It was to be the perfect end to a week spent in les Deux Alpes. A trip down freeride Mecca of the vallons de la Meije above la Grave. The only problem, the five young Belgium snowboarders were not properly equipped and didn’t have the necessary level for the adventure that would turn into a nightmare.
Setting off over the Glacier du Girose two of the group turned back, worried by a 2000 meter off piste descent with unknown dangers. This didn’t deter 17 year old Jannes and his two friends. Once in the Vallons the three amigos decided to split up, fixing a meeting down at la Grave. It was late in the day, Jannes found himself lost in woods ending in rock bands from which he could find no exit. As night fell he could see the cross country ski track just 200 meters below.
A diabetic, he had no insulin and was suffering from a sprained wrist. An injury sustained earlier in the week. The police were alerted when he failed to appear, one of his friends had also had a scare on the way down and was very late. Knowing that he had no medicine, water or food and was injured 17 rescue workers, a dog handler and two doctors started a desperate search well into the night. The telepherique was re-opened and powerful search lights were deployed to scan the mountain but no sign was found of the missing snowboarder.
Finally at dawn the police helicopter was brought into action. At 8h25 they spotted the young man stuck in a couloir. He was suffering from hypothermia and was taken to hospital in Briançon where he is out of danger. He had survived the night by eating snow. Believing he was going to die he’d recorded a last message in English and Dutch on his digital camera. The Gendarmerie pulled the manager of the tour operator in for questioning but he was able to show that the holiday brochure clearly explained that the vallons de la Meije are strictly for experts only.
Posted by davidof
on Monday, 11 February, 2008 at 01:07 PM
I am glad the Belgian snowboarder survived and I feel fairly sure that he has learned a very important lesson, but I wonder if I am alone in feeling that what he did was a grossly reckless act, not only endangering himself and the lives of his friends, but those of the rescue services.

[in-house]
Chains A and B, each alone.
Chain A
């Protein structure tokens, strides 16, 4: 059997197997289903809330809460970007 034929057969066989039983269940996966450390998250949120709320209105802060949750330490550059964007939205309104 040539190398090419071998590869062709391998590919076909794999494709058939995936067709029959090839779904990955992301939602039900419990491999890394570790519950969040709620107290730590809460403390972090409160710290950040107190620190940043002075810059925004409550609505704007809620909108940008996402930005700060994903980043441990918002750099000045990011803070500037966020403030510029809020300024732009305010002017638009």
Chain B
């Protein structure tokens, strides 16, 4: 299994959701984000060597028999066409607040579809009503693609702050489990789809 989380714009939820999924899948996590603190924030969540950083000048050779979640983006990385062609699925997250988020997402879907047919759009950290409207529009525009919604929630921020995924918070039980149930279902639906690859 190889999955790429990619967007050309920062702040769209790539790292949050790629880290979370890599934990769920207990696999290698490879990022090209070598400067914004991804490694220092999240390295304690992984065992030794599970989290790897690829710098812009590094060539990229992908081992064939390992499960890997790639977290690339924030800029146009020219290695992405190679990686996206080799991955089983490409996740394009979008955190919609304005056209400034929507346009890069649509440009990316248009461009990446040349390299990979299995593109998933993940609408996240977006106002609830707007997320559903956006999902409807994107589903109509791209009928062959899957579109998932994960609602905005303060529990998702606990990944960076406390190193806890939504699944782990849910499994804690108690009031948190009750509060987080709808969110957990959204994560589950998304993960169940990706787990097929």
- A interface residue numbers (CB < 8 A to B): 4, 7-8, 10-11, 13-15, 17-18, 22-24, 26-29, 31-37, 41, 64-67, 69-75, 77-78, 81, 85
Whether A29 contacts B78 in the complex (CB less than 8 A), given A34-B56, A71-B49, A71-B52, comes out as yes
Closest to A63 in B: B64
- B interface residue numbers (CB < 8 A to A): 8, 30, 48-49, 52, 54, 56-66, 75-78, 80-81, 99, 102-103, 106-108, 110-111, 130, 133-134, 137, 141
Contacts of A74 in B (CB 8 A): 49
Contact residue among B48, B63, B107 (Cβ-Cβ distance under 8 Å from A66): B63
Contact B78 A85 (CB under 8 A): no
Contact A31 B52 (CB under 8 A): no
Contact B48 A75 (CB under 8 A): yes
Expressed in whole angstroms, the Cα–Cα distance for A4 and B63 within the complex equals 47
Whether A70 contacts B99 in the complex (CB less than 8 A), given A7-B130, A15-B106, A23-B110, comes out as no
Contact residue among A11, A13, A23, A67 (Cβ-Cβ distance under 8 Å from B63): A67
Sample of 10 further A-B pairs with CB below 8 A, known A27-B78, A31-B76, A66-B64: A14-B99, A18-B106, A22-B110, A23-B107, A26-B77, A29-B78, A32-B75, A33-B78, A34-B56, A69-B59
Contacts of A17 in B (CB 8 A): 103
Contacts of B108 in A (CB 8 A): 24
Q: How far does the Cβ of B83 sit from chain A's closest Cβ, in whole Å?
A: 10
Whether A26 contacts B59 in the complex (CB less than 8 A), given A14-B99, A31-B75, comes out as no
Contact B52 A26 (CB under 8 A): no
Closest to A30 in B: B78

Posted by on Wednesday, 13 February, 2008 at 02:03 PM
Once again we find young skiers and snowboarders who think that having a good technical level, is enough to get them down the big mountains.
I have spent 20 years climbing and riding these mountains and wantb to comment that it is becoming more and more common for young riders to go into terrain ill prepared and lacking the basic mountain skills and knowledge.
It takes years to learn and even longer to understand.
Every year i have to save peoples lives and every year they make the same mistake, which is believing that it’s OK because they can follow other peoples tracks.
Well here’s another warning, don’t follow ours unless you have 100m of rope, ice screws, and the ability to use it....
you have been warned, and if you don’t ay attention you’ll probably die.
It sounds harsh - but it’s true.
Posted by on Sunday, 17 February, 2008 at 11:03 PM
An added problem for snowboarders is that it doesn’t take long to gain the board skills to tackle unpisted snow. This leads to people heading into areas of the mountain they don’t know, and getting into difficulty - in some cases, tragically.
As for following tracks… I’ve seen a group get helicoptered off, about 100m from point of no-return. They left tracks, of course. Anyone following those… well.
Posted by Paulo on Tuesday, 04 March, 2008 at 10:22 PM
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